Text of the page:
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Long commute to Oklahoma City academies doesn't curb students' drive

Students from throughout Oklahoma City commute to attend specialty high school academies in Oklahoma City Public Schools. Some spend hours every day commuting.
BY CARRIE COPPERNOLL Modified: October 2, 2012 at 11:22 pm •  Published: October 3, 2012

The streetlights are still on a few minutes after 6 a.m. The parking lot outside of Southeast High School is nearly empty.

Jabreanne Gilbert, 14, waits for a bus out front, sitting in the lamplight with a few other students. Southeast is a good school, she said, but Star Spencer High School is where she really wants to be.

She'll spend two hours getting to school and two hours getting home, but that's OK, she said.

“If I didn't have school,” she said, “I wouldn't have anything.”

Gilbert attends the Star Spencer Academy of Hospitality and Tourism. She's one of more than 300 freshmen attending specialty programs, called academies, across the district.

And she's one of 22 students who ride the bus to get from her home to a school across town.

But to Gilbert, attending the academy is a privilege she doesn't take lightly.

“It's tough,” Gilbert said.

“My behavior has to be perfect. My grades have to be perfect. That helps me be better. I can't get out there and have an attitude. ... I have to work hard. It's tough, but it's worth it.”


is sorted out

A new bus plan had to be created to help students like Gilbert attend specialty academies at five schools in the district, said Scott Lane, transportation director for the district.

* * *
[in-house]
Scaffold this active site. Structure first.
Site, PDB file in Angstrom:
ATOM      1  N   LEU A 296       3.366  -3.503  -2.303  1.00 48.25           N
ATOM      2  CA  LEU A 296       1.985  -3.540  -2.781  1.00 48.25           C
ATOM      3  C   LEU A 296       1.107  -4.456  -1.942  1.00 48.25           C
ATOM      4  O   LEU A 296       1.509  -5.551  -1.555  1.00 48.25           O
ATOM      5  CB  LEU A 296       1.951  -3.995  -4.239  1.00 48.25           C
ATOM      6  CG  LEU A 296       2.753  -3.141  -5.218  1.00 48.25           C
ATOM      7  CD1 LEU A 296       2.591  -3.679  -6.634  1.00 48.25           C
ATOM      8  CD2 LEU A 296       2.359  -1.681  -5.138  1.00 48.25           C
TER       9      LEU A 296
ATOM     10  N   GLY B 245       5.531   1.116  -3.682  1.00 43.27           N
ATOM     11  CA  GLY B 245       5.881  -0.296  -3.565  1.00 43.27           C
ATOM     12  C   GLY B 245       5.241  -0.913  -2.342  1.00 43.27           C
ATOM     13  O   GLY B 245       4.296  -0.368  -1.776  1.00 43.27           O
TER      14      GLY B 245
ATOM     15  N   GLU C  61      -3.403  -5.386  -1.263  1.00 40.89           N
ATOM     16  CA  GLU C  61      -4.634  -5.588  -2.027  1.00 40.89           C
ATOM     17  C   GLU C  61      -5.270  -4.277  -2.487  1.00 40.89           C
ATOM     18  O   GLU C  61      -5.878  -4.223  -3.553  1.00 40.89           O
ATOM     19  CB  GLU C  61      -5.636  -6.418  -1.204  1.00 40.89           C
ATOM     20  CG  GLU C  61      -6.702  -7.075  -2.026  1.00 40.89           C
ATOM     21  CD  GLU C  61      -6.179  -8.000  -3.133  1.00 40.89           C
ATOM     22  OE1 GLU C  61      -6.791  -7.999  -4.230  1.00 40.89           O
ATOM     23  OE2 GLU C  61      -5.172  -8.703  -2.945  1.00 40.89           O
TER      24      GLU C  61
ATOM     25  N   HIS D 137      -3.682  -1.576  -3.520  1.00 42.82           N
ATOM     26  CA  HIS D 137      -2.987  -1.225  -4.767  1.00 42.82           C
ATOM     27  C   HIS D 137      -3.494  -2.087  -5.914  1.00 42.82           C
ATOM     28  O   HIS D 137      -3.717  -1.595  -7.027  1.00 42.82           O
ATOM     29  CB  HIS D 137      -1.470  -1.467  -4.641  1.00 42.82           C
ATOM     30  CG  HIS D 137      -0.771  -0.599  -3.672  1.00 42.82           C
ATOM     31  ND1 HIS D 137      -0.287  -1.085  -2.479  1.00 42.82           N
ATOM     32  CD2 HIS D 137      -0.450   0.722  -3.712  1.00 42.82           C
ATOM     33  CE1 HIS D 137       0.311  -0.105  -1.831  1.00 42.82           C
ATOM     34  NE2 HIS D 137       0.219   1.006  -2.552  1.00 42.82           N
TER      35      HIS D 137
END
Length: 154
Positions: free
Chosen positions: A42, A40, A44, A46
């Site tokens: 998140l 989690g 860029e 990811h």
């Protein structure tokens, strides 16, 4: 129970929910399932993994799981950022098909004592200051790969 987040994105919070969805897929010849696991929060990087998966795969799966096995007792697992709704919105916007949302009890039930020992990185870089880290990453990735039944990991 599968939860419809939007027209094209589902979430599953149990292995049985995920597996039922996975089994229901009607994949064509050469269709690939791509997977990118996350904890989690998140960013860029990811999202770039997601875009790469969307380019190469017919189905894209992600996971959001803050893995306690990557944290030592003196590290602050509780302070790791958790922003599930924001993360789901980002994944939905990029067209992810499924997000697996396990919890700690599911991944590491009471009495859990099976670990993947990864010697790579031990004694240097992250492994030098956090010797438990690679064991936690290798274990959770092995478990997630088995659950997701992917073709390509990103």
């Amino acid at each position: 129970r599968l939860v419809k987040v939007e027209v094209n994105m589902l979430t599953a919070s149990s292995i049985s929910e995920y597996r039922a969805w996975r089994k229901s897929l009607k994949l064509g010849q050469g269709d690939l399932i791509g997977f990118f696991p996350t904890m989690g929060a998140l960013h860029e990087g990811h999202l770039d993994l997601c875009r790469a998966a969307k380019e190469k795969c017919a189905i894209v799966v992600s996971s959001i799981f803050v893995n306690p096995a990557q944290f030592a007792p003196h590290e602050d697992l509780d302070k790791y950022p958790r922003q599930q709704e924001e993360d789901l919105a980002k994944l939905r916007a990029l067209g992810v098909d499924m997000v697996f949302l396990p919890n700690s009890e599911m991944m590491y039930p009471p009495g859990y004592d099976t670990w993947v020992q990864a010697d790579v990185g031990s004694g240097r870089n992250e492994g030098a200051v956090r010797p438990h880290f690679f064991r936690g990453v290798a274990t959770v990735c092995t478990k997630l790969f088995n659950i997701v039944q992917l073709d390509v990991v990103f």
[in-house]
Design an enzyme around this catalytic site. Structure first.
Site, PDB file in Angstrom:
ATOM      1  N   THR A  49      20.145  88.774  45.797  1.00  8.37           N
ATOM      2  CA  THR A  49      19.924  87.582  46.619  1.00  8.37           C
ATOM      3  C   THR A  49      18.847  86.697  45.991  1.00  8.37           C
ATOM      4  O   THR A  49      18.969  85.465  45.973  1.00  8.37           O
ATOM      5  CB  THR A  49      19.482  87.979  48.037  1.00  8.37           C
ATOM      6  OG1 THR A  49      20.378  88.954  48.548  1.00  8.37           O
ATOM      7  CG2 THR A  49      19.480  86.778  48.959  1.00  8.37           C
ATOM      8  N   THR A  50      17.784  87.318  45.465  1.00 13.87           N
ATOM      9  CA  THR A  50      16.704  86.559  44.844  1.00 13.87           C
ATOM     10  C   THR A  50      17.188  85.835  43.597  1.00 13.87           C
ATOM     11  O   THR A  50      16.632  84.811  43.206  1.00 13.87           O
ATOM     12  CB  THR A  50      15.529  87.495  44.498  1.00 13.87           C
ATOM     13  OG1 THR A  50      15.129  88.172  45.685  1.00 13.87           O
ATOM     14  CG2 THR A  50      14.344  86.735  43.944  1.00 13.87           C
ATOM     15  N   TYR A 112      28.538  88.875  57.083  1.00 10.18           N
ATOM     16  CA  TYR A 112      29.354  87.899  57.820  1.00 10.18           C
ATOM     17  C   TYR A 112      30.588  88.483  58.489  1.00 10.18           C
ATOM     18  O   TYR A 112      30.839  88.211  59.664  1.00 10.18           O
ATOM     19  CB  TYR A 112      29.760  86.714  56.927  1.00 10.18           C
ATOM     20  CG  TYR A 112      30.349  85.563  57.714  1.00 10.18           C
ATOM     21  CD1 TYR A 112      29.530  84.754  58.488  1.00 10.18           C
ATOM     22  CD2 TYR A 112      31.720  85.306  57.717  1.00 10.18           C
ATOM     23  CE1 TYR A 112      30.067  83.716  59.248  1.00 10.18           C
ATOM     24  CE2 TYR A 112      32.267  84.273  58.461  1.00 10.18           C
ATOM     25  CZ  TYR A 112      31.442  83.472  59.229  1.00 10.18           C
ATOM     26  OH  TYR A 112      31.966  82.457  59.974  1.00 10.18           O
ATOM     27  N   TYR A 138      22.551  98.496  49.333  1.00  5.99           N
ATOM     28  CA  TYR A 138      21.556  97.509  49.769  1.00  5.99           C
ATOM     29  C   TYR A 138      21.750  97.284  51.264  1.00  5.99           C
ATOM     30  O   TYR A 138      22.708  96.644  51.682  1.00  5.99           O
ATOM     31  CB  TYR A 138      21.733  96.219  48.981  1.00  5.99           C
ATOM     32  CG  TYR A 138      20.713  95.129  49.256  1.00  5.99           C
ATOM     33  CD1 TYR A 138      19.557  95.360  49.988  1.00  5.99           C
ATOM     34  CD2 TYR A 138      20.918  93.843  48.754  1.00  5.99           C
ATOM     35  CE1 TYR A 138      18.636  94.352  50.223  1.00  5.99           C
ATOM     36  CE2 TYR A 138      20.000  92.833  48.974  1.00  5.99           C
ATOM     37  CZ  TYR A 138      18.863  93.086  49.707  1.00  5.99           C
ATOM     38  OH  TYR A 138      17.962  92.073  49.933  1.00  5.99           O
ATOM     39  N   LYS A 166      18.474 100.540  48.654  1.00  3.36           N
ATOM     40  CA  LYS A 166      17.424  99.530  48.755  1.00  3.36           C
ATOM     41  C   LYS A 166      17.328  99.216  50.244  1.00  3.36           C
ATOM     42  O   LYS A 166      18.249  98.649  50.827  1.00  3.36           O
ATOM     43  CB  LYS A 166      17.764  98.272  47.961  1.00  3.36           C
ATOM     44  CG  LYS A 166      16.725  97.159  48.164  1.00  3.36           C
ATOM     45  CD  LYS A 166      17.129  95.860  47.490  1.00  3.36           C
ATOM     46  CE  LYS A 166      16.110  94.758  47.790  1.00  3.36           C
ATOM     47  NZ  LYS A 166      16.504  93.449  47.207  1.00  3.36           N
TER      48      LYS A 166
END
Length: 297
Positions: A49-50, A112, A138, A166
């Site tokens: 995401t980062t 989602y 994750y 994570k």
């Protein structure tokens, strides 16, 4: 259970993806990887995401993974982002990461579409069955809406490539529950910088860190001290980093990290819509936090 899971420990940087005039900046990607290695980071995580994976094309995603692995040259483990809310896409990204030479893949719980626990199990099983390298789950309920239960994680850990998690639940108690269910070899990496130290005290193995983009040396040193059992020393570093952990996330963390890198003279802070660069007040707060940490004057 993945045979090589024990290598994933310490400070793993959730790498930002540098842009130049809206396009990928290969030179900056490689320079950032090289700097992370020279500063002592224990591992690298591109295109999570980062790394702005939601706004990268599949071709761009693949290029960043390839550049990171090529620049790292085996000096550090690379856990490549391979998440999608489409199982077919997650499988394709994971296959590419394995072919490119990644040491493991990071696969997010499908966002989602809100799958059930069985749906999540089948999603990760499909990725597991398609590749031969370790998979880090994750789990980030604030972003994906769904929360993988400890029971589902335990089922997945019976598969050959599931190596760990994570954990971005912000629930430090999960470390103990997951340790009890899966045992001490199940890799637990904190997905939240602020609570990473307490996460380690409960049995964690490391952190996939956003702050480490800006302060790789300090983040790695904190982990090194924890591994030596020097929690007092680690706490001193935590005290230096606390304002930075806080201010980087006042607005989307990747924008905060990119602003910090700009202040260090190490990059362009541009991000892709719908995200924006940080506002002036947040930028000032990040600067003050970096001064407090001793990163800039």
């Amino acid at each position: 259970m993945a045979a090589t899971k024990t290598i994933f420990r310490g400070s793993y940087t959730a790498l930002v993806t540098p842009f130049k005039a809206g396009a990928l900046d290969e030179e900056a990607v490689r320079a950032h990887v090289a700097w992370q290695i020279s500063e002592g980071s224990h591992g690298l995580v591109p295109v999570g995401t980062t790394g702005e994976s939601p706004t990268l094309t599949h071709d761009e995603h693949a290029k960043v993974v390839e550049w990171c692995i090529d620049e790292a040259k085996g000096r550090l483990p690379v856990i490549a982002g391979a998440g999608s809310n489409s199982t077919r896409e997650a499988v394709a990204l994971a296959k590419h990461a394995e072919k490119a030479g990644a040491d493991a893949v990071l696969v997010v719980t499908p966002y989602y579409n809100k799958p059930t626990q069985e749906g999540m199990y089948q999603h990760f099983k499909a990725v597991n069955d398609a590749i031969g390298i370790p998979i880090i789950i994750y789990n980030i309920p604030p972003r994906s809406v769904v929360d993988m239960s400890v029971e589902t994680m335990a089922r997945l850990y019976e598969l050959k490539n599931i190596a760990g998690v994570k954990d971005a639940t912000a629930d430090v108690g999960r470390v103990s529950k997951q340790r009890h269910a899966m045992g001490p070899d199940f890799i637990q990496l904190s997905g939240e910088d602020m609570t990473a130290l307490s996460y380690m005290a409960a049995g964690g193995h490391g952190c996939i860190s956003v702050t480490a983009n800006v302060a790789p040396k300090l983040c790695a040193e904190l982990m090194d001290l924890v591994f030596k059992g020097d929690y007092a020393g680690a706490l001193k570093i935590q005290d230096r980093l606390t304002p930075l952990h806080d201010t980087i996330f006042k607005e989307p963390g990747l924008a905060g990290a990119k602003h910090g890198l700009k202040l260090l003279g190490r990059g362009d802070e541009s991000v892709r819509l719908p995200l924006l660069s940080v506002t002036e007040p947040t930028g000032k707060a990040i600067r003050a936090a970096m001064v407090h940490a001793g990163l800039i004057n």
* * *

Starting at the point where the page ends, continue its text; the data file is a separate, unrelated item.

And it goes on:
The buses meet at 6:45 a.m. at Northeast High School, Lane said. The students switch buses and head on to their schools. In the afternoon, they meet again at Northeast and then head home.

About 90 percent of the 43,000 students in the district qualify for free or reduced-price meals. So paying for a car and gas to drive across town and back every day is out of reach for some families, Lane said.

“It's one thing to get your child to their home school,” he said. “It's quite another to get them all the way across town.”

Lane said he expects the number of students who need the commuter service to grow next year. This year, only freshmen are enrolled in the academies. Next year, those freshmen will become sophomores, and new freshmen will enroll. So as the number of academy students grows, so will the number of kids who need a bus ride across town.

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